Former president Thabo Mbeki has implored Luthuli House to reverse a decision to have synchronised elections with local government elections and general elections in the same year.
In a newsletter published by his foundation on Friday, Mbeki said having synchronised elections would mean local government would continue to be neglected and that crises in most municipalities across the country would persist, if not worsen.
"This would entrench processes according to which practically, local government would not be given the special focus it needs. Necessarily this would 'legalise' the counter-productive neglect which the ANC [African National Congress] itself has visited on local government for two decades," Mbeki said.
The former president wrote at length about the challenges in local government across the country, noting that the ANC had neglected the local government since 1994.
"As the country must move away from this position, the ANC NEC (national executive committee) must review the decision it has taken to 'synchronise' the elections," Mbeki wrote.
This comes after the NEC agreed with an Economic Freedom Fighters call for synchronised elections – a decision that would need both parties to work together to amend the Constitution.
ANC secretary-general Ace Magashule previously noted that having synchronised elections would save costs and time and would ensure seamless governance.
Magashule told Newzroom Africa in an interview that while concerns were raised in the NEC, the predominant view was for elections to happen all at once.
Mbeki said this would mean less emphasis would be placed on local government and it would directly impact people's lives.
"For one thing, this would mean that the ANC and, of course, all other parties contesting the elections, would present to the electorate one election manifesto. It is obvious that in this situation, national issues would take precedence, effectively marginalising matters which relate specifically to local government, contrary to the requirement to respect the particular role for this sphere of government as visualised in Ready to Government," he said.
Reflecting on Magashule's comments, Mbeki said it was obvious that "the core of the winning argument about an eminently political matter was administrative rather than political!"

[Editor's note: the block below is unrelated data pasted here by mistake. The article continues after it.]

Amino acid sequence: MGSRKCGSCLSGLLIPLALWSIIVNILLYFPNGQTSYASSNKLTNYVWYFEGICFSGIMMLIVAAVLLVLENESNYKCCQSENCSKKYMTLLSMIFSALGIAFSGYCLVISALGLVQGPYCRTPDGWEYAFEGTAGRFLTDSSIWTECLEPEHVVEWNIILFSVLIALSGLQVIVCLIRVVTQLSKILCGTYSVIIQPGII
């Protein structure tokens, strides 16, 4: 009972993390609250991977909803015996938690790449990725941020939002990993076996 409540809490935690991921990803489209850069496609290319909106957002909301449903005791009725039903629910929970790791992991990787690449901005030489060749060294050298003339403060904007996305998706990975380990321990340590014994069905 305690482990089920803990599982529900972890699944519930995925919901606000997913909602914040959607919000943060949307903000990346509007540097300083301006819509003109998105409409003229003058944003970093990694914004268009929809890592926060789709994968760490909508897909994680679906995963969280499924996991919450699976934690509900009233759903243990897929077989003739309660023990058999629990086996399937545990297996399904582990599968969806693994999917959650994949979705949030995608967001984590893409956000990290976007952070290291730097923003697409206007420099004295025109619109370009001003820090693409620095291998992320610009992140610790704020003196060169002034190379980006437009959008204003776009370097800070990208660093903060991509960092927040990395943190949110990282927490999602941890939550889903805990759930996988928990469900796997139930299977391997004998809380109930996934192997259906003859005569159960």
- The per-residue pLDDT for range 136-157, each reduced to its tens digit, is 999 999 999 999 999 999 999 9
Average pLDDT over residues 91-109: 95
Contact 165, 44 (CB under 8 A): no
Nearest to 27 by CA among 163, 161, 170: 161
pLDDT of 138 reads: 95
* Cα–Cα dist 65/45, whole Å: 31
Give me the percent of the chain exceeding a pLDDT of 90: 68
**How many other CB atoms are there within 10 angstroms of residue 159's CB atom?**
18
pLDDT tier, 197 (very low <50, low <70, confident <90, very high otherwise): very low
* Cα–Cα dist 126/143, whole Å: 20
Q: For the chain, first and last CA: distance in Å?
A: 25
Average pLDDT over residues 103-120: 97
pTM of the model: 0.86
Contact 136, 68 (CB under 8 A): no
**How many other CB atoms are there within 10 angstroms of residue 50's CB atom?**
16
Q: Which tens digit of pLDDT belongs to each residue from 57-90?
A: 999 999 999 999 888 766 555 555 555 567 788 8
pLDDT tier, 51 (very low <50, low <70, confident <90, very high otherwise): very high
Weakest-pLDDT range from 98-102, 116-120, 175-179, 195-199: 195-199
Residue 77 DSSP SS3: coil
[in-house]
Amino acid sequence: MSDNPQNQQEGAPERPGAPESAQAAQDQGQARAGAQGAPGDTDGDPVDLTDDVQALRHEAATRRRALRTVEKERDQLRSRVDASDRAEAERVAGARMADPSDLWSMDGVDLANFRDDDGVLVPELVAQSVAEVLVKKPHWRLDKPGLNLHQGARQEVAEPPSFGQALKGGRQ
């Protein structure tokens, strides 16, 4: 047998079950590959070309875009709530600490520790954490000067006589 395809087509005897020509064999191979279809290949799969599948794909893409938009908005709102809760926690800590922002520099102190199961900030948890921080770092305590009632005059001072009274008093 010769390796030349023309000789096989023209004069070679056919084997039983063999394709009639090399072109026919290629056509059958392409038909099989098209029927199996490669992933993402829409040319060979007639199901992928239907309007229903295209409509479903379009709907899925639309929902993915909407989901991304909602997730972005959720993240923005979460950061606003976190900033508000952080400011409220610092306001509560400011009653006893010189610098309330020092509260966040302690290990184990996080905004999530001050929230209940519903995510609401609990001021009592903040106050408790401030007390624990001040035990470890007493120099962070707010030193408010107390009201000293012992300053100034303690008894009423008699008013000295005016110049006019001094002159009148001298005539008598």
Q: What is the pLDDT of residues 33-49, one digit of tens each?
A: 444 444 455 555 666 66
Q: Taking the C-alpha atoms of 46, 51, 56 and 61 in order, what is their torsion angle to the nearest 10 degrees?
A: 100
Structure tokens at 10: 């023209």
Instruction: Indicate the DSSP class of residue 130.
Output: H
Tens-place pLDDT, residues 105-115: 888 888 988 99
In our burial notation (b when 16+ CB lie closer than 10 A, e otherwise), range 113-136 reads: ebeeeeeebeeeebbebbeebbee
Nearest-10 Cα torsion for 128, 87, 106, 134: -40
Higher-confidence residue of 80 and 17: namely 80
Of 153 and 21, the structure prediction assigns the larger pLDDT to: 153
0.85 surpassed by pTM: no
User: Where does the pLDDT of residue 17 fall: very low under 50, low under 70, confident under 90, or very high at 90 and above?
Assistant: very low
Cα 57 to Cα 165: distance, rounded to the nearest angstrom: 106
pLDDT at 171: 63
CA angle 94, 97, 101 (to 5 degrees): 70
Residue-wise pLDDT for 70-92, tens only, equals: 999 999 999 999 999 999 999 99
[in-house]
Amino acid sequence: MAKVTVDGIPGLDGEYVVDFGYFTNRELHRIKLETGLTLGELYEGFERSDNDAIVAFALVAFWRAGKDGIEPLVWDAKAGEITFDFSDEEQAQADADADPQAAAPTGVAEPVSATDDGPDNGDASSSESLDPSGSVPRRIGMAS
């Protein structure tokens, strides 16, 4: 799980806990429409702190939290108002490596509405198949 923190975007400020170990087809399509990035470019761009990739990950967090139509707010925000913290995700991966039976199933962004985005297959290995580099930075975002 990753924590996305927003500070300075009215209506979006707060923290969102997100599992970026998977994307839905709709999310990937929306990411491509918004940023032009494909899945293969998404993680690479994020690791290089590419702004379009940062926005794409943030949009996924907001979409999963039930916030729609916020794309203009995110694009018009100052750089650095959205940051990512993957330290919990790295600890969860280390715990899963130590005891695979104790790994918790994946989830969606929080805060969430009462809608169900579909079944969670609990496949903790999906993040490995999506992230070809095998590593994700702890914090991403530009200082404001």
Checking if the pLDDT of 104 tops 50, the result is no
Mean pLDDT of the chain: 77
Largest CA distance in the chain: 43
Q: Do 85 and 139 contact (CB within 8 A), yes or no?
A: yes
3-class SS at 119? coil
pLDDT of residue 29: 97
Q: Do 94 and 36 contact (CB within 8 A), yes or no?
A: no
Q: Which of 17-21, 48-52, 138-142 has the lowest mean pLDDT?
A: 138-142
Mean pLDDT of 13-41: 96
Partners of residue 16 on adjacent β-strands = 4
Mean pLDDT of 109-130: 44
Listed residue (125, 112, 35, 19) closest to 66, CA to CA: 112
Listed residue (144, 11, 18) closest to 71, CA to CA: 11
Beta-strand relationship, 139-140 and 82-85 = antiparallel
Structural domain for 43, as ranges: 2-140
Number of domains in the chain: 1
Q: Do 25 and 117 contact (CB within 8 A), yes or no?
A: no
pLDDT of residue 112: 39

He said the ANC top brass did not reflect on the ANC's internal policy documents about the strategic role of local government.
He added that there was a "strange understanding" of what was needed to achieve seamless governance. The former president argued that the ANC had failed its own objectives for local government.
He said, "Instead of the vibrant system of local government which would be characterised and driven by popular participation, genuinely serving the interests of the people and making a decisive contribution to the reconstruction and development of our country, we have an important sphere of government which in the majority of cases, has been and continues to be in crisis."
In bemoaning the crises in local government, Mbeki quoted a report by the Auditor-General that read: "There is not much to go around, yet the right hands are not at the till…"
That report noted that only 20 out of the 278 metropolitan, district and local municipalities in the country received clean audits in the past financial year.
"Of course, we all know the 'devastating consequences' the Auditor-General wrote about. They have been communicated for many years now by the persisting 'service delivery' protests!" Mbeki said.
"When we say that a post-Covid-19 South Africa must be radically different from what it was before the arrival of the coronavirus on our shores, this must also mean that the sphere of government closest to the people, local government, must also be radically different from what it has been for two decades."